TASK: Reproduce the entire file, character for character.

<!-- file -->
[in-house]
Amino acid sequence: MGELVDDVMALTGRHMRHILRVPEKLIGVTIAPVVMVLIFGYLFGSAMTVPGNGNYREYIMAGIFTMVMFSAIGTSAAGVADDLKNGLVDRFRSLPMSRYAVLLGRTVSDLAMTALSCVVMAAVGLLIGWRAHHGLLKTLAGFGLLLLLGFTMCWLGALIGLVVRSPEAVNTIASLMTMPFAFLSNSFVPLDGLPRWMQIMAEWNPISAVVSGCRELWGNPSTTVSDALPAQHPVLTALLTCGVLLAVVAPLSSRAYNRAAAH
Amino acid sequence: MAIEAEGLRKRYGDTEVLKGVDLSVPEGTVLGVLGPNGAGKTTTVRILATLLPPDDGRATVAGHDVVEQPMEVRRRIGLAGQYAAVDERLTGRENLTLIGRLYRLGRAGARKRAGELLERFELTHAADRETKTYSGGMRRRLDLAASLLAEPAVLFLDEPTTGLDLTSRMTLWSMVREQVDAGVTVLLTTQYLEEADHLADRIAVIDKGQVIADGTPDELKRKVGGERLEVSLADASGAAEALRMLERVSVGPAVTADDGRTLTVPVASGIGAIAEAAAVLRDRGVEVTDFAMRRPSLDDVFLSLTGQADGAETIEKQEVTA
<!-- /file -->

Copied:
[in-house]
Amino acid sequence: MGELVDDVMALTGRHMRHILRVPEKLIGVTIAPVVMVLIFGYLFGSAMTVPGNGNYREYIMAGIFTMVMFSAIGTSAAGVADDLKNGLVDRFRSLPMSRYAVLLGRTVSDLAMTALSCVVMAAVGLLIGWRAHHGLLKTLAGFGLLLLLGFTMCWLGALIGLVVRSPEAVNTIASLMTMPFAFLSNSFVPLDGLPRWMQIMAEWNPISAVVSGCRELWGNPSTTVSDALPAQHPVLTALLTCGVLLAVVAPLSSRAYNRAAAH
Amino acid sequence: MAIEAEGLRKRYGDTEVLKGVDLSVPEGTVLGVLGPNGAGKTTTVRILATLLPPDDGRATVAGHDVVEQPMEVRRRIGLAGQYAAVDERLTGRENLTLIGRLYRLGRAGARKRAGELLERFELTHAADRETKTYSGGMRRRLDLAASLLAEPAVLFLDEPTTGLDLTSRMTLWSMVREQVDAGVTVLLTTQYLEEADHLADRIAVIDKGQVIADGTPDELKRKVGGERLEVSLADASGAAEALRMLERVSVGPAVTADDGRTLTVPVASGIGAIAEAAAVLRDRGVEVTDFAMRRPSLDDVFLSLTGQADGAETIEKQEVTA